But the thing you have to consider is that in the past century (roughly) the Church has had it's first Ecumenical Council not to produce either dogmas or anathemas, a revolutionary change in the Liturgy (of the Roman Rite), sex abuse scandals (not saying they are a result of VII) which have horrified the world, and a massive drop in attendance by the faithful. It isn't too unrealistic to suggest there might be a problem.

[quote="AlexPetrosPio, post:7, topic:244187"]
"And I say to thee: That thou art Peter; and upon this rock I will build my church, and the gates of hell shall not prevail against it." Matthew 16:18

  1. If the Holy Spirit wasn't with the Second Council of Vatican City, then the gates of hell prevailed.
  2. If the gates of hell prevailed, then either Jesus made a mistake or lied to us.
  3. Jesus is God.
  4. God cannot make a mistake.
  5. God will not lie to us.
  6. Therefore what Jesus said was true.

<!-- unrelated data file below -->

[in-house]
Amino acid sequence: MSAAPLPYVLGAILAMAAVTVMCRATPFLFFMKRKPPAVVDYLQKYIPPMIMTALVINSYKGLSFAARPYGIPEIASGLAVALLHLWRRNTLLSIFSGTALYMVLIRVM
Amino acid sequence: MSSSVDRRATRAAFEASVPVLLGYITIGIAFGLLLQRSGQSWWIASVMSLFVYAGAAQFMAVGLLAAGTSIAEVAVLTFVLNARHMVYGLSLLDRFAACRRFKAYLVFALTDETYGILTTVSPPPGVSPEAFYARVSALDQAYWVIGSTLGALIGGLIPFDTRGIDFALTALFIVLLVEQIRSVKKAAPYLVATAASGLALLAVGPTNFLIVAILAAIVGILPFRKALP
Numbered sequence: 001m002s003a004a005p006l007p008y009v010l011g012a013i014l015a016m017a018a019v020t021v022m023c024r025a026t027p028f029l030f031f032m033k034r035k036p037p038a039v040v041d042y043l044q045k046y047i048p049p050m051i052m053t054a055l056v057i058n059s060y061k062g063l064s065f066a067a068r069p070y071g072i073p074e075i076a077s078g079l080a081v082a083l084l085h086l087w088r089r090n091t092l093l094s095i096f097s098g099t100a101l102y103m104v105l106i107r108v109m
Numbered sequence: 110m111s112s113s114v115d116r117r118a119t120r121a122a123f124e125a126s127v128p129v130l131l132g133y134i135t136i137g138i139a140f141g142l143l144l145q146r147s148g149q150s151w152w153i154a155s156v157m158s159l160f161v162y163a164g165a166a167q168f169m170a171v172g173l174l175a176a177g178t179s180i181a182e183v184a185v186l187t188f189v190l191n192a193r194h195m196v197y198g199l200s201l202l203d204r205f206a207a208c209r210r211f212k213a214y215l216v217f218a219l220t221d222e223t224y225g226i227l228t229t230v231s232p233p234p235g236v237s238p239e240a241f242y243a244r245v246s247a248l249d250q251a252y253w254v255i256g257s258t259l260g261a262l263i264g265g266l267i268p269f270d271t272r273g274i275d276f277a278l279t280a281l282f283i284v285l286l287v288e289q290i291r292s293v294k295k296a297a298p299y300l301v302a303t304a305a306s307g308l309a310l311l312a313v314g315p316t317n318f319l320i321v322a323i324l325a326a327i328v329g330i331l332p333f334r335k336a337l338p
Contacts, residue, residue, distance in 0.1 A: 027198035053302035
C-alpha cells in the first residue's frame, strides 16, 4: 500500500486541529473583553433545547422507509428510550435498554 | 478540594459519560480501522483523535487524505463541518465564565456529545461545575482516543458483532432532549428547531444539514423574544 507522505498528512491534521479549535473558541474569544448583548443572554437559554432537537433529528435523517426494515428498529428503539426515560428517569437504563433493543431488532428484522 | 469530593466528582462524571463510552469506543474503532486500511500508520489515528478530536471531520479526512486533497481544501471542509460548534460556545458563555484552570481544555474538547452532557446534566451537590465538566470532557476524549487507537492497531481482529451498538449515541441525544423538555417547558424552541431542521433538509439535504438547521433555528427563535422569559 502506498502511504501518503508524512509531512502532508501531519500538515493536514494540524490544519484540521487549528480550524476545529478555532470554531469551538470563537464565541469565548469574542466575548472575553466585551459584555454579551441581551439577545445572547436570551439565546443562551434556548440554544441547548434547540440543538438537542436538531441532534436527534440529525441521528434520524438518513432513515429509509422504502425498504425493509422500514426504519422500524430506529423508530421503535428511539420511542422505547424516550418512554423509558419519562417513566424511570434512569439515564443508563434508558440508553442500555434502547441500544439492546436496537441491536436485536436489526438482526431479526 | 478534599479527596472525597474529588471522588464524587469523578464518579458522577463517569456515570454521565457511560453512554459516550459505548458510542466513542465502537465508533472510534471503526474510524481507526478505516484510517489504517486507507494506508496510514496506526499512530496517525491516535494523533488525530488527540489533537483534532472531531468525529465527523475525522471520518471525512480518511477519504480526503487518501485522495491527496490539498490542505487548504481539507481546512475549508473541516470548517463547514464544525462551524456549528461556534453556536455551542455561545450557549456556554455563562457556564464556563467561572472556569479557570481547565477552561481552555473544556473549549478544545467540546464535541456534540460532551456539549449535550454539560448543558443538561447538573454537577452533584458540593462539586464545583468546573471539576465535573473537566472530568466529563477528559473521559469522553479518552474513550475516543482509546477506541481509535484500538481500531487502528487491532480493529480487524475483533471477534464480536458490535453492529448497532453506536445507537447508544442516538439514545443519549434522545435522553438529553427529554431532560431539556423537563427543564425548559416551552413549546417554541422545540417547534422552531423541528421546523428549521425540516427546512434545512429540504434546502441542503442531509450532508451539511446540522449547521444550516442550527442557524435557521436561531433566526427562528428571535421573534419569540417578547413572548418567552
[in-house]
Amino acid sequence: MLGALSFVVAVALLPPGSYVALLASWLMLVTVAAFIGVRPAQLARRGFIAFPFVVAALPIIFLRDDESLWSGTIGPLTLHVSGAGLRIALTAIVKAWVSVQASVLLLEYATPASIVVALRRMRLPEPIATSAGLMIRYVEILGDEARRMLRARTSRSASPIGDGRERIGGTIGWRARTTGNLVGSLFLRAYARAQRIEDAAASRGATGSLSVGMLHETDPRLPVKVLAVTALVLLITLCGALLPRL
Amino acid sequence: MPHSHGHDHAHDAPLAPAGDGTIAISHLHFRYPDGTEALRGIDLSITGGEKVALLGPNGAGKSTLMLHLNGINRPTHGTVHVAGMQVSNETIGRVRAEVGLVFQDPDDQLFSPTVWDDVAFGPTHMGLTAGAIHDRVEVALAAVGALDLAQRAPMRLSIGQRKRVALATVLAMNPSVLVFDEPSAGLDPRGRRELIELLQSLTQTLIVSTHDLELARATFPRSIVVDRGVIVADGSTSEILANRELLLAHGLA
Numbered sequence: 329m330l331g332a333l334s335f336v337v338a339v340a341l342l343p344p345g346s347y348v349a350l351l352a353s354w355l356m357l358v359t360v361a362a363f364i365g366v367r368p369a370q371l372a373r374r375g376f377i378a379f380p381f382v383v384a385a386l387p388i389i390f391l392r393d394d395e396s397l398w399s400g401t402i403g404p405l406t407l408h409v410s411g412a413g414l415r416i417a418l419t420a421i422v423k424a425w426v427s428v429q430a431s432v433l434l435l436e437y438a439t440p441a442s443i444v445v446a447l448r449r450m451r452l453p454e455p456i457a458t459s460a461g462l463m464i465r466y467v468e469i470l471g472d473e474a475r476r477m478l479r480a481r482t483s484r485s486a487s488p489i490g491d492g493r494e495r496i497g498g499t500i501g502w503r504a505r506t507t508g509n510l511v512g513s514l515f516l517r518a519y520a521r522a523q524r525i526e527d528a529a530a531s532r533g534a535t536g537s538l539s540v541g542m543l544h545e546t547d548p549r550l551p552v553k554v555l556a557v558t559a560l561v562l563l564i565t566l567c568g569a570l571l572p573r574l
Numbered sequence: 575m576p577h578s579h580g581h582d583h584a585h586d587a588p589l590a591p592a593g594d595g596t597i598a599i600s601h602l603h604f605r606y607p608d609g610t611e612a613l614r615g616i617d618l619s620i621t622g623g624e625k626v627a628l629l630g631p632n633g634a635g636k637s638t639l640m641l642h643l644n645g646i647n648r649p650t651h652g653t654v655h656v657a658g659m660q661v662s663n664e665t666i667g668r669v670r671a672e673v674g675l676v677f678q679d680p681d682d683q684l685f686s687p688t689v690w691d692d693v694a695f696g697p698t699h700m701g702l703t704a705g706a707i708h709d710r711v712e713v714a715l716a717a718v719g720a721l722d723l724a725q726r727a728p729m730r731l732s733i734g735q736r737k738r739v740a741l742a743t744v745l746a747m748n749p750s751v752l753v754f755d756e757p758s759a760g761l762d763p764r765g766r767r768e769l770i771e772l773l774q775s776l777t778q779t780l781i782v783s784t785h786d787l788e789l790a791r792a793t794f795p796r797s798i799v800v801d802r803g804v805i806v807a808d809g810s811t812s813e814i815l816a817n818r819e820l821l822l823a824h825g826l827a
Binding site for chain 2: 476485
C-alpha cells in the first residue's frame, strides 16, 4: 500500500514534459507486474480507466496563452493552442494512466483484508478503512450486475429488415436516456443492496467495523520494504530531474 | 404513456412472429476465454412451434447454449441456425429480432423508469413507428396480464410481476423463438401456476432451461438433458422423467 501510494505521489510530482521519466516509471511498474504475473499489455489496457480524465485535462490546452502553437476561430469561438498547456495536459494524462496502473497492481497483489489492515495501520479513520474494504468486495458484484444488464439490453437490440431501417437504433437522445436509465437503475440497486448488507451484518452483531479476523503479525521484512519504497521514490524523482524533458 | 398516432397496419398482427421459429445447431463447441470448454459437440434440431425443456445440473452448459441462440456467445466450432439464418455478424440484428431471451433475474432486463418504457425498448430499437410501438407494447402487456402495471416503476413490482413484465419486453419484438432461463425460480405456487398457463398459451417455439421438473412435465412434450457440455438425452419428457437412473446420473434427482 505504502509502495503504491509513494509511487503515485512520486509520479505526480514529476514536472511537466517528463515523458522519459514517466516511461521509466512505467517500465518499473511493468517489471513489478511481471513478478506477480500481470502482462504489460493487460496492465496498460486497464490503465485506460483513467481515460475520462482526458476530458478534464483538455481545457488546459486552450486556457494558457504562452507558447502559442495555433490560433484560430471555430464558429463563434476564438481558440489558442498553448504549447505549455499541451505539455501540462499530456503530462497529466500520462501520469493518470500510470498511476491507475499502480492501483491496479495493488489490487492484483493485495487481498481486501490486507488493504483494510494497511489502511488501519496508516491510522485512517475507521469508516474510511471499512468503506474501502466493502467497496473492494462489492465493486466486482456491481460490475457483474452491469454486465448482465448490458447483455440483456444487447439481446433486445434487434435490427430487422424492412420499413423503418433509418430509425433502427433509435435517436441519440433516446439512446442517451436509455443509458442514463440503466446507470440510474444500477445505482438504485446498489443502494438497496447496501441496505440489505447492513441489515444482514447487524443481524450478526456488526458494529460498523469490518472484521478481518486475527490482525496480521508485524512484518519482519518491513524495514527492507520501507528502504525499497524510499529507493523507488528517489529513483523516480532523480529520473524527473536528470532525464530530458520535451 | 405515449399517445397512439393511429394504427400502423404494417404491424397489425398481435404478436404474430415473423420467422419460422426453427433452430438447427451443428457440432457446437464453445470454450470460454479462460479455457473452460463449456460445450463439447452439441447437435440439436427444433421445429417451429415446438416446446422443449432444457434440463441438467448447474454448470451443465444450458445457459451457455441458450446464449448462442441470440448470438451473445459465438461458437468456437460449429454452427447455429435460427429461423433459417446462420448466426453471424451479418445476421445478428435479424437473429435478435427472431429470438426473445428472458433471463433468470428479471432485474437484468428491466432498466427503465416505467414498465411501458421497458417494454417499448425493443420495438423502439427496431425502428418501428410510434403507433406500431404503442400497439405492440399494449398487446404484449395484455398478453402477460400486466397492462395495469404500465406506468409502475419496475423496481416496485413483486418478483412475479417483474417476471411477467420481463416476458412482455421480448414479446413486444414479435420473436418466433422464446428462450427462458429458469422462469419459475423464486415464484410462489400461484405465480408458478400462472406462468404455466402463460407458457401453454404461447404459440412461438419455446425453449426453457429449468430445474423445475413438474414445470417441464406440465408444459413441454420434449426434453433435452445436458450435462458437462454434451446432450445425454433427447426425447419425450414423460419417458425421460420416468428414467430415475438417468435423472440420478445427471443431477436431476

7. Therefore the gates of hell have not prevailed.
  8. Therefore the Holy Spirit was with the Second Council of Vatican City.
  9. Therefore defending the Second Council of Vatican City is also defending the Holy Spirit.

[/quote]

Your chain fails at the first link.

The Holy Spirit protected the Council from dogmatic assertion of error. In that sense the Holy Spirit was "with the Council".

But there is no reason to believe that any of the many decisions of the 2nd Vatican Council, none of which made any new dogmatic assertions, were inspired by the Holy Spirit.

Note carefully, that I am not arguing that the 2nd Vatican Council is wrong or bad, and I explaining that your premise, namely that everything in the 2nd Vatican Council was necessarily desired by the Holy Spirit, is false.

[quote="Will_S, post:10, topic:244187"]
Your chain fails at the first link.

The Holy Spirit protected the Council from dogmatic assertion of error. In that sense the Holy Spirit was "with the Council".

But there is no reason to believe that any of the many decisions of the 2nd Vatican Council, none of which made any new dogmatic assertions, were inspired by the Holy Spirit.

Note carefully, that I am not arguing that the 2nd Vatican Council is wrong or bad, and I explaining that your premise, namely that everything in the 2nd Vatican Council was necessarily desired by the Holy Spirit, is false.

[/quote]

Alright, now I'm following. Thank you for that correction! :D

[quote="Usagi, post:5, topic:244187"]